Pokud potřebujete pomoc, prosím klikněte zde:
Huawei provided GCB with an updated mobile money platform — G-Money — which has since helped the bank achieve a 10-fold increase in its mobile services and been the bedrock, in more general terms, of building a new banking ecosystem.
In Ghana, mobile payment services are growing rapidly. Approximately 73 percent of all transactions nationwide are now conducted using mobile money, from making payments at various physical and online retail stores, to buying phone credit and purchasing a wide range of goods and services. In recent years, mobile money transactions in Ghana have increased by more than 100 percent year-on-year. By September 2018, in a country of roughly 30 million people, there were reportedly already more than 31.4 million mobile money accounts and 8.2 million regular active users nationwide. Those numbers keep on growing.
This growth has been actively supported by the government. Recognizing that Kenya’s robust mobile money industry helped the country achieve financial inclusion, Ghana’s government revised its own financial market regulations — under the guidance of the World Bank — hoping to achieve similar results. The new regulations allowed non-bank enterprises to provide financial services and successfully boosted both Ghana’s mobile money industry and the national level of financial inclusion.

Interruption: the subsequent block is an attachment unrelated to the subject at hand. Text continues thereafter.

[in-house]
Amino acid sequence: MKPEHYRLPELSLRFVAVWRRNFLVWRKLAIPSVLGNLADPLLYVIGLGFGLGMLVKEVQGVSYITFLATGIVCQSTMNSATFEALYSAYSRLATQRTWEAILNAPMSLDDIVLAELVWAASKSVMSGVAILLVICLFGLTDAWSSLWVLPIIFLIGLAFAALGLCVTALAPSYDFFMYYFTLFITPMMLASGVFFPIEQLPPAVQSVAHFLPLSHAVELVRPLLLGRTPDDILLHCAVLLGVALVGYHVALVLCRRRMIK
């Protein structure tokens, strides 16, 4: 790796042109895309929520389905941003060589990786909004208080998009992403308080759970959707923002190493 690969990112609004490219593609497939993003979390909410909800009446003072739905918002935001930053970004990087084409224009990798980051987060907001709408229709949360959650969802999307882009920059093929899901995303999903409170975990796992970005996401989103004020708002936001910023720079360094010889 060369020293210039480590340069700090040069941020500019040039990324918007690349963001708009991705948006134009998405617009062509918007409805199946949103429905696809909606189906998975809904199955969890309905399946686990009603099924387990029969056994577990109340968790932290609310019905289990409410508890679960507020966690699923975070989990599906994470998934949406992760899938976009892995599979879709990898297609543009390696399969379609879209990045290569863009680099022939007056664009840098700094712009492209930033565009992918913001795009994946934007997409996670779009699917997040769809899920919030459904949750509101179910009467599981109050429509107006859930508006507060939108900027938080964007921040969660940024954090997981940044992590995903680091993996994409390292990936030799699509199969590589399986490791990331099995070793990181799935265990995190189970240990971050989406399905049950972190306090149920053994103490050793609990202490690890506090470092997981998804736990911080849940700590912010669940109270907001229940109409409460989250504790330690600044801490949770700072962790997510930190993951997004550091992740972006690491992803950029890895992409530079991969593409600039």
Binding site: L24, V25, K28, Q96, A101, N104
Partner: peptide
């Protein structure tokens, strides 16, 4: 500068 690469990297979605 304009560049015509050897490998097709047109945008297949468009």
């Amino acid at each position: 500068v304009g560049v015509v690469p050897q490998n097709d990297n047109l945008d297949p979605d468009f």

Ghana’s mobile money service industry has rapidly developed since, with many mobile network operators moving into the finance space. Unsurprisingly, this has significantly impacted the nation’s traditional banking industry. And as this trend of mobile money growth continues, with banks competing with carriers, the former will have to be innovative in the delivery of financial services if they are to stay afloat.
Ghana Commercial Bank (GCB) is Ghana’s largest commercial bank. GCB has served customers for more than 60 years and has over 1.5 million monthly active bank accounts and more than 180 physical branches. It believes that mobile money is inherently a banking service — not a carrier concern — and it has therefore offered a mobile money service since 2018.
GCB sought to develop this mobile money service and a mobile money platform into one that could be used for easy cross-platform payments. The bank also wanted to offer customers a large portfolio of services by integrating other banks into a wider mobile payment ecosystem.
GCB firmly believed that mobile money would help grow its market share, offering services for more people at minimal cost, in turn improving the payment experience in Ghana and helping to improve people’s lifestyles by providing additional financial services such as small loans. With this in mind, GCB formulated a plan for implementing its mobile money platform.
The plan was to support a mobile money agent service, which already had 200 branches. GCB sought to deploy more agents and merchants, and aggregate existing networks of agents in support. Another target was the modernization of Point of Service (PoS) terminals and Automatic Teller Machines (ATM), so that both could support the mobile money service. Finally, GCB wanted to offer a diverse range of services, including credit loans, to make its mobile money services more appealing to customers.
GCB was looking for partners who could help implement its mobile money strategy. Huawei stood out as an attractive option because of its extensive investment and practical experience in the financial field, having successfully deployed mobile money platforms in various countries, including fellow African nation Kenya.